Will I ever be able to have a satisfying sex life?
YES. Keep in mind that every woman, regardless of her age or health issues experiences sexual stimulation and sensitivity in different ways. Discovering what you enjoy sexually is an evolving process throughout your life. Thus, women with MRKH who are sexually active are encouraged to explore their sexuality with themselves and with their partner(s) to learn what feels both comfortable and pleasurable.
I’m in boarding school/college and have a roommate – How do I get some privacy to use the dilators?
Most young women find that they need privacy when using the dilators. When you are sharing a room, either with a sibling or roommate, it can be uncomfortable asking for time alone, especially if you don’t want to share any details of your diagnosis or treatment.
There are many reasons why people need to have some time alone: meditating, studying, napping, praying, etc. It’s always best to plan ahead, so check with your roommate to find out when she will be in class or out of your dorm room so you’ll know when you will have private time to use your dilator.
I’m really embarrassed with all the medical visits – will this ever get easier?
Many young women diagnosed with MRKH feel pushed into a world of new information and new experiences. It’s perfectly normal to have a range of emotions: sadness and anger, hope and worry, fear and embarrassment can all be part of the experience. Your medical team: your gynecologist, nurses, and social worker, are aware of this and they are trained to be sensitive to your unique situation. You may be the kind of person who wants a lot of interaction and information at all the visits or you may be someone who just wants the facts and prefers to keep the visits as brief as possible. One thing that you can do to make this process easier is to tell your medical team what approach would be most comfortable for you during the appointments and exams. The team will do their best to make sure your appointments are as stress-free as possible.
My parents want to keep talking to me about MRKH but I already feel like my privacy has been taken away – how do I keep some boundaries?
An essential part of growing up is becoming more independent as well as setting some boundaries between you and your parents. When there is a medical issue that requires many appointments and exams, it can be hard to feel a sense of privacy. Additionally, since MRKH by definition involves both you and your parents thinking of you as a sexual person, the stress level in families may be very high at first. For many young women and their parents, the conversations you have been having about your body may just feel too private. Just as you have had to get used to this diagnosis and what it all means, so do your parents.
Sometimes this may feel like an invasion of your privacy. Your parents may find it helpful to read the Parent’s Guide to MRKH which answers the most frequently asked questions parents have.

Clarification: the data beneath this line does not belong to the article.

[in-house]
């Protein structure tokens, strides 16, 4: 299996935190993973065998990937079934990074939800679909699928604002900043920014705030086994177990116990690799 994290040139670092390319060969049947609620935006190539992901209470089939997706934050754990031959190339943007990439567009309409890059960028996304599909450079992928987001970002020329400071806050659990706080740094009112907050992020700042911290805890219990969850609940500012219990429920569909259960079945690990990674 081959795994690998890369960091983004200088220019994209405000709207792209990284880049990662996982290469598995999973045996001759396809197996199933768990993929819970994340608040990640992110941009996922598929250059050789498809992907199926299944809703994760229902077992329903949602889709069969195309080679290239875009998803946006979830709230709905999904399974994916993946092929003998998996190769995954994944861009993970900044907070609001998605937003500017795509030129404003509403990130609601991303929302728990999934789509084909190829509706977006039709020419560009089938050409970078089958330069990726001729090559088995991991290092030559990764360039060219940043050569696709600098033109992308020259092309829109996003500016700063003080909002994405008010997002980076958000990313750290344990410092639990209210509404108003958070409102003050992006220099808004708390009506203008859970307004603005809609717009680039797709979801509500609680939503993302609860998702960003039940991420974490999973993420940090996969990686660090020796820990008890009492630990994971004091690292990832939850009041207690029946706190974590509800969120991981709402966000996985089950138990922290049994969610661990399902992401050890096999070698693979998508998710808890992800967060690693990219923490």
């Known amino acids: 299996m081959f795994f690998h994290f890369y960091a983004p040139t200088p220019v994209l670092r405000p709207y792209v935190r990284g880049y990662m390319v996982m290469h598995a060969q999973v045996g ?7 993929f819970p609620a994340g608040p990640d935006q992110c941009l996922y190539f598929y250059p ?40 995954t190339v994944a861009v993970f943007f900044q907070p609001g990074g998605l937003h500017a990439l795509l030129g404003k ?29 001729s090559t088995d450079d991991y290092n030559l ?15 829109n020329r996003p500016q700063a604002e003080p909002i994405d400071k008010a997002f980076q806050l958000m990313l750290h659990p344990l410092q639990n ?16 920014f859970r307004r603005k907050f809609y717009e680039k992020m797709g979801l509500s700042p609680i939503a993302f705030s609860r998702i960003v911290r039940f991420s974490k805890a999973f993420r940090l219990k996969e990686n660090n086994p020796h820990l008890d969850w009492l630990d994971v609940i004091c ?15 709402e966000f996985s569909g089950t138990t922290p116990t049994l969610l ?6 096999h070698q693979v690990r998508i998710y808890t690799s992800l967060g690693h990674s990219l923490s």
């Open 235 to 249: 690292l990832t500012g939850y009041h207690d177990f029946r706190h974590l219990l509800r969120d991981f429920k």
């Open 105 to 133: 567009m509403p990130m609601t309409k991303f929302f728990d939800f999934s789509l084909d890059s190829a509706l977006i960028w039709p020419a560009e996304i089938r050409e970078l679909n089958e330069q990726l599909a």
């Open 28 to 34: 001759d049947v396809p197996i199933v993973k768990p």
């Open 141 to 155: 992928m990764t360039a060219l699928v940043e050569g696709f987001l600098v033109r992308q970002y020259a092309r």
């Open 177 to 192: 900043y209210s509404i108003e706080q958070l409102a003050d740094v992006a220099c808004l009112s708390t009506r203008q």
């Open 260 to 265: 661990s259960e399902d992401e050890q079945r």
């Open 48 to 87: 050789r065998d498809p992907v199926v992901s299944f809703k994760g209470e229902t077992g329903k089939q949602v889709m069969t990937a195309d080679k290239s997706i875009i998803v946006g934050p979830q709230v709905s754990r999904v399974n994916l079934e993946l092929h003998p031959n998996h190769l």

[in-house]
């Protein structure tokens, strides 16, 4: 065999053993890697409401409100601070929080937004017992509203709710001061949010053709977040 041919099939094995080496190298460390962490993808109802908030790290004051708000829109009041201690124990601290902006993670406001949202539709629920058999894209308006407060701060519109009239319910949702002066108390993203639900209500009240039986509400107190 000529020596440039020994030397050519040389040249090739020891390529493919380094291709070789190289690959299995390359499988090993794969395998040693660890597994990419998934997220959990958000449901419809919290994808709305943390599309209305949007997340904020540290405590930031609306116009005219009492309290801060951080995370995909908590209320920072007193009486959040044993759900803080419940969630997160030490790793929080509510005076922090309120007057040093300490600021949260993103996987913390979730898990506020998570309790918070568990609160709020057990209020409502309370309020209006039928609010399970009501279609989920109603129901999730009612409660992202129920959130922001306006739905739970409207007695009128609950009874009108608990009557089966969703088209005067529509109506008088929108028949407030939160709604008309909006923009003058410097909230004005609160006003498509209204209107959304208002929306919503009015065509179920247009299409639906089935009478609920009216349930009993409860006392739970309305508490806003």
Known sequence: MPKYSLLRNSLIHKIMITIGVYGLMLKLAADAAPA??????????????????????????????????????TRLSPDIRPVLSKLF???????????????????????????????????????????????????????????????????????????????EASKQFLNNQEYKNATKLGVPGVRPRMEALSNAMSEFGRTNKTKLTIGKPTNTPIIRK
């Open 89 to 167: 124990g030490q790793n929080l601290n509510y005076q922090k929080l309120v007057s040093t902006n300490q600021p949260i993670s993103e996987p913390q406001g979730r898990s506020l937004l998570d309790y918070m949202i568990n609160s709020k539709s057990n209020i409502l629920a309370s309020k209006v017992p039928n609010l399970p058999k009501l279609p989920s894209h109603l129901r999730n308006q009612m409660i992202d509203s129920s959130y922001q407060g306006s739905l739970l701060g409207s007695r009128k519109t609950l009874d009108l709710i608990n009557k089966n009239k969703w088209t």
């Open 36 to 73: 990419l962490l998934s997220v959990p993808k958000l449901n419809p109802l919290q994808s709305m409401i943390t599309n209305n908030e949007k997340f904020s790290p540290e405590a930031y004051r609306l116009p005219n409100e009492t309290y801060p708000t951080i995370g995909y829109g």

You can also talk with members of your medical team for help with communicating with your parents.
Is there anyone else I can talk to about having MRKH?
Some young women find it helpful to talk with a parent(s), while other girls prefer to talk with a counselor or a close friend. We know that it can be very helpful to talk with someone your own age that has MRKH. The Center for Young Women’s Health at Boston Children’s Hospital offers free monthly online chats for young women with MRKH.
Am I still a biological woman?
It’s not uncommon for young woman to wonder if they are “really a girl” when they first learn that they are born with an incomplete vagina and uterus. If you have asked yourself this question, you are not alone. However, it’s very important for you to understand that you are a female. Your doctor may order a special blood test that can confirm that you are a genetic female and have 46XX chromosomes.
Will my vagina ever close up?
Once you have created a vagina your vagina shouldn’t change or shrink if you are having vaginal intercourse or using the dilator about once a week. If you are not sexually active, you should use the largest size dilator once a week for about 15-20 minutes (only after you are finished creating your vagina).
I don’t want to use the dilators now – can I wait until I feel ready? What happens if I never create a vagina?
The choice whether to have treatment – as well as how and when – IS UP TO YOU! Like any important decision, it is essential that you get all the information before you make the decision to have treatment. Talking with other women who have MRKH is valuable too. You control your body. You should never be forced or pressured into using dilators by your parents, partner or medical team. Rather, they should support you during the treatment process only when you decide the time is right. Your medical team has the responsibility of giving you information and resources to help you understand your reproductive health issues so YOU can make informed decisions. Your parents have the responsibility of helping you get medical care and helping you obtain privacy at home if/when you begin using dilators. You have the responsibility to learn more about MRKH and to talk with a trusted adult if you are feeling overwhelmed.
If you have been diagnosed with MRKH or you would like an evaluation or second opinion, you may contact the Gynecology Program at Boston Children’s Hospital at: (617) 355-7648.